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July 11th, 2010
01:00 PM ET

Barefoot Bandit caught

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CNN

A teenage fugitive known as the "barefoot bandit" was arrested early Sunday on the Bahamian island of Eleuthera, police said.

Colton Harris-Moore, 19, was arrested in the town of Harbor Island, police Sgt. Paul Lewis said. Harris-Moore was being transported to Nassau, Bahamas, on Sunday.

A Facebook fan page for Colton Harris-Moore. He is suspected of stealing planes, boats, and luxury automobiles.

A Facebook fan page for Colton Harris-Moore. He is suspected of stealing planes, boats, and luxury automobiles.

The FBI, however, did not immediately confirm Harris-Moore was in custody, saying it wanted to positively identify him through fingerprints first.

Royal Bahamian police are "absolutely confident they have him," said Steve Dean, assistant special agent in charge for the FBI's Seattle, Washington, office. The FBI will compare fingerprints to determine whether the suspect is Harris-Moore upon his arrival in Nassau, Dean said.

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Filed under: Crime & Punishment • Gabe Falcon
July 11th, 2010
09:00 AM ET

Letter to the President #538: 'Highway robbery?'

Tom Foreman | BIO
AC360° Correspondent

The more we make the enforcement of laws and regulations into a cash making proposition, the further we stray from the true purpose of government

The more we make the enforcement of laws and regulations into a cash making proposition, the further we stray from the true purpose of government

Reporter's Note: I don’t know if President Obama has ever had a speeding ticket. I assume so. Just as I assume that he’d be more likely to get one these days in all sorts of American cities where the streets seem as if they are being patrolled with unusual diligence…the subject of my latest letter.

Dear Mr. President,

I had an idea the other day which has nothing to do with you, but it does have something to do with the idea of good government. Lately I’ve noticed a lot more police activity in and around D.C. I don’t mean big, SWAT teams storming the Quicky Mart activity, but rather speed traps, squad cars eyeballing four way intersections for sign rollers, that sort of thing. You probably aren’t aware of such matters anymore, what with your big fancy limo and team of Secret Service folks, but trust me, it’s there. Or at least it appears to be.

A couple of months ago, I read a story about how municipalities are stepping up enforcement of all sorts of minor infractions because they need the money from the fines.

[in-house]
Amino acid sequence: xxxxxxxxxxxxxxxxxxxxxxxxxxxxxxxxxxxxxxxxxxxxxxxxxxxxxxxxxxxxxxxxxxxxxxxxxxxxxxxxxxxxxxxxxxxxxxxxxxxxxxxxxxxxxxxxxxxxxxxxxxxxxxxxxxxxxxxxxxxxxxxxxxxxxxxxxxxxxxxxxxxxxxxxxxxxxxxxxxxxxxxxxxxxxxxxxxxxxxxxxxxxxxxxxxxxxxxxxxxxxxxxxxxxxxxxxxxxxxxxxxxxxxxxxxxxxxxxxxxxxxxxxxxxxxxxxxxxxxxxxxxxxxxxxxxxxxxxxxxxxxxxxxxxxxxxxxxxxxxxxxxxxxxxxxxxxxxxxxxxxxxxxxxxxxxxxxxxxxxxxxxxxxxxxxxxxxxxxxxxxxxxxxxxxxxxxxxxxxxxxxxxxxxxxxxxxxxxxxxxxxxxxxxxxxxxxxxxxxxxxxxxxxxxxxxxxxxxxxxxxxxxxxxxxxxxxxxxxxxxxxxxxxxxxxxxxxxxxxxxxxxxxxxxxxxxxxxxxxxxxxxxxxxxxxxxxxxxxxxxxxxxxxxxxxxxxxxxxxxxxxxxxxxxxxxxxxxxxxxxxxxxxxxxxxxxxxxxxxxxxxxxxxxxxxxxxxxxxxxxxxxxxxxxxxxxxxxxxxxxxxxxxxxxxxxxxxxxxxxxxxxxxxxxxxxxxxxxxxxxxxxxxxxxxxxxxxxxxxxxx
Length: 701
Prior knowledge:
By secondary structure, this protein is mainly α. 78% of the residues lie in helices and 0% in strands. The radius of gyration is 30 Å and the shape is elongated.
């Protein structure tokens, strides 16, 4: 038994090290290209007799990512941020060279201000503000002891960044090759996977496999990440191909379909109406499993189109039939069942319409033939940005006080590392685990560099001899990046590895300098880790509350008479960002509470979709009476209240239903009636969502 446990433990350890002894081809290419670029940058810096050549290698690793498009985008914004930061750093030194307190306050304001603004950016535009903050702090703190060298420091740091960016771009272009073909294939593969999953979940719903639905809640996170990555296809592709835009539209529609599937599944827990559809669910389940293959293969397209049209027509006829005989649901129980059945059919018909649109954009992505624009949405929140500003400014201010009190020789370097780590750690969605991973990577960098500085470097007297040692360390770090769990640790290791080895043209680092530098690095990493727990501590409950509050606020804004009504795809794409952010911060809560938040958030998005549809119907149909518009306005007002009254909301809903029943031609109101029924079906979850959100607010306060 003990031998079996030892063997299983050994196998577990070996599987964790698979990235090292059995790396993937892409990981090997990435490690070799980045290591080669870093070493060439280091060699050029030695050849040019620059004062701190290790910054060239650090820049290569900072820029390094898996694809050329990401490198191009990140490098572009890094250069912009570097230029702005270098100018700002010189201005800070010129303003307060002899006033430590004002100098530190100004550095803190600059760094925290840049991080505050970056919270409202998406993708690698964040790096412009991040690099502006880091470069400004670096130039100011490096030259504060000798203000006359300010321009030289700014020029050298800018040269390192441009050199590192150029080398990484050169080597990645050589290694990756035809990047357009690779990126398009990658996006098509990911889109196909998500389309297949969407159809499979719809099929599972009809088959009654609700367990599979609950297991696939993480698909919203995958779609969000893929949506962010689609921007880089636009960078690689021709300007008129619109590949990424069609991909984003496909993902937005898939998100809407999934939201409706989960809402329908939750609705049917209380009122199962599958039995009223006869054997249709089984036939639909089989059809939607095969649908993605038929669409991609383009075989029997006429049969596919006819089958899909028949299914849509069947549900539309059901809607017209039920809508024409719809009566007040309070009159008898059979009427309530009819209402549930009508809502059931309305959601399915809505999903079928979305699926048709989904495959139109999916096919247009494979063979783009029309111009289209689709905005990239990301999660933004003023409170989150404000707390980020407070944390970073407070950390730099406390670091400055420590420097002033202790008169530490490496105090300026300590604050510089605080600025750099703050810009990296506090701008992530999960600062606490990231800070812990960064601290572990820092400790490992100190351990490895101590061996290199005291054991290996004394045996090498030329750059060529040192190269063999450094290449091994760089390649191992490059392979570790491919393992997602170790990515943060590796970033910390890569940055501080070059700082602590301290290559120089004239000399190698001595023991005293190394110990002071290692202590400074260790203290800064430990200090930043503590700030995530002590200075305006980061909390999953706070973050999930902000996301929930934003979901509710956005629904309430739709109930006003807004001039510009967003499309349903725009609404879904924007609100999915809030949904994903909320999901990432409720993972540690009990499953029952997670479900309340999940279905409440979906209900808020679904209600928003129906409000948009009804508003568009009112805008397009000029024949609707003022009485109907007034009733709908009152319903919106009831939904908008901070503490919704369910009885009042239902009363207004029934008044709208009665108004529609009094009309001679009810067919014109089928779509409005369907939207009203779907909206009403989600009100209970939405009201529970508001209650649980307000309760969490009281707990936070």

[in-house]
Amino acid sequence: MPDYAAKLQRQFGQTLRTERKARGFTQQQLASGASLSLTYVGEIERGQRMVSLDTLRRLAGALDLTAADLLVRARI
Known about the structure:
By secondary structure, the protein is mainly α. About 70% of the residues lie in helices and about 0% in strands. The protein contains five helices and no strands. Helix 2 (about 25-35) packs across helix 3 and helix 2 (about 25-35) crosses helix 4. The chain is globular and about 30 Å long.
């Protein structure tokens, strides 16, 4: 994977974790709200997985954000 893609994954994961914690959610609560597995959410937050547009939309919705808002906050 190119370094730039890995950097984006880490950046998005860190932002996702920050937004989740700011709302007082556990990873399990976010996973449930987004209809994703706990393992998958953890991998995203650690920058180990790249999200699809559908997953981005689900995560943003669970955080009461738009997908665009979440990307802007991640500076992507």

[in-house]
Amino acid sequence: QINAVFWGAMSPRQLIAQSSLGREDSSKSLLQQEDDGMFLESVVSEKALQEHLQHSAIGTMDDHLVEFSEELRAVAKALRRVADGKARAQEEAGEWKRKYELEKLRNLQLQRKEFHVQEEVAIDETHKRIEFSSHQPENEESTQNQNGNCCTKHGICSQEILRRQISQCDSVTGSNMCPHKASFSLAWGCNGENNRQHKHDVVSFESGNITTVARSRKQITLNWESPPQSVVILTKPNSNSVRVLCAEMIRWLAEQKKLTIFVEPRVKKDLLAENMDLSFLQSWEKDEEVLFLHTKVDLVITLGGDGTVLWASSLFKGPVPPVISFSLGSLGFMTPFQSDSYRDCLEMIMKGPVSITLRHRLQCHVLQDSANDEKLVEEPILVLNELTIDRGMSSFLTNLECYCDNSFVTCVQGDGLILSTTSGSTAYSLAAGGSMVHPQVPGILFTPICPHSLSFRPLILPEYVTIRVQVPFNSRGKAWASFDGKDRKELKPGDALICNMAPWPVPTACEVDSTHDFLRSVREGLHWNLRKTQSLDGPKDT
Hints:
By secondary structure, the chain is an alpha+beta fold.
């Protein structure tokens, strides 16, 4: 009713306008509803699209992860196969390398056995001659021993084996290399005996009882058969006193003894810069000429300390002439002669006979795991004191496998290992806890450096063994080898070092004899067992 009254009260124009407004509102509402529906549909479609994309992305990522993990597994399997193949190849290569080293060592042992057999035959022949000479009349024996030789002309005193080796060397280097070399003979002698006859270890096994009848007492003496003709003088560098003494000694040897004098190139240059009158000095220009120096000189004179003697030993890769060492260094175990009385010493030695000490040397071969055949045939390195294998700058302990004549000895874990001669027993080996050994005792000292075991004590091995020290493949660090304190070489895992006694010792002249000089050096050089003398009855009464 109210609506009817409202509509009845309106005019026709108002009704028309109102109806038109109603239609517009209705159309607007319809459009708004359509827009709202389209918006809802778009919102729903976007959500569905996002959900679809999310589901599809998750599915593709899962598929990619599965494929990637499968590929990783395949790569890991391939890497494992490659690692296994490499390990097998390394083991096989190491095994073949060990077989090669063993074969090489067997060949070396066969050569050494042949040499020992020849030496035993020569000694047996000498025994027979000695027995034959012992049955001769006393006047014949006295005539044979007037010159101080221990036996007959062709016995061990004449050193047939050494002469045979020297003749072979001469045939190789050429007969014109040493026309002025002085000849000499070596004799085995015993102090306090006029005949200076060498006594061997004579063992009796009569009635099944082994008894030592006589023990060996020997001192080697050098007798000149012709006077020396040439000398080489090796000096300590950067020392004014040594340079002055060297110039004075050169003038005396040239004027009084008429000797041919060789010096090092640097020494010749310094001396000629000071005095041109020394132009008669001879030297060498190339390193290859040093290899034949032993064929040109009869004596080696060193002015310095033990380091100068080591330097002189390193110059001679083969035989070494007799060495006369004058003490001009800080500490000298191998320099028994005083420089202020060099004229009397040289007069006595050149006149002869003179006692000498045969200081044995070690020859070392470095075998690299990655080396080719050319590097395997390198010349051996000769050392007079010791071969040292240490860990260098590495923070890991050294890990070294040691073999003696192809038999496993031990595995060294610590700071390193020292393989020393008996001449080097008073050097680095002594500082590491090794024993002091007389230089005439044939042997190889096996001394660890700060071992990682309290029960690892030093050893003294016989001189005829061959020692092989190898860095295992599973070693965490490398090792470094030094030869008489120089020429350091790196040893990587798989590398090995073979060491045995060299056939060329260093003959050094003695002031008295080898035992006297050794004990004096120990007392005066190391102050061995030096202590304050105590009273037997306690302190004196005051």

I’m no scofflaw. I have no problem with laws being rather vigorously enforced. But I think we step into very quick sand when we start looking at our law enforcement agencies as cash cows. Because the minute we start doing that, I think we divert them from the serious, honorable work we hired them to do. (And no, I did not just get a ticket. My last one was some time ago, and I don’t just write here about my personal grudges.)

I’m not accusing police of being unfair. I have great respect for them. What I’m saying is I know how politicians work, and the minute they smell revenue from stepping up enforcement, I think they can’t help but start subtly leaning in favor of more of it…not because it makes us safer, not because it keeps crime down, but purely because it gives them money for other programs that they don’t know how to fund. It is a secret tax of sorts. And making our police officers collect it in the faux name of public safety is terrible.

Take those automated speeding cameras, for example. I think the fundamental purpose for them is revenue, pure and simple. Because if they worked so wonderfully at controlling speeding, don’t you think every single town that installed them would see some monumental dip in all speeding violations and all speed related accidents? Wouldn’t they likely see their revenues go down because everyone would start driving so much more conservatively? And yet, I have not seen reports to that effect, and yet I have heard of towns crowing about how much operating money the cameras produce for the city.

My point is, the more we make the enforcement of laws and regulations into a cash making proposition, the further we stray from the true purpose of government. I trust my police force to keep my streets safe every day. I admire the hard work of dedicated officers who take on that dangerous and often unappreciated work. And I intensely dislike the notion that they might be turned into rolling cashiers for politicians who can’t convince the public to approve enough taxes for all the programs they might want.

Like I said, maybe I’ve got this all wrong, and I’ll look into it some more and let you know what I find. Hope your weekend is going well. How’s the family, btw? Seems like ages since I’ve asked.

Regards,
Tom

Follow Tom on Twitter @tomforemancnn.

Find more of the Foreman Letters here.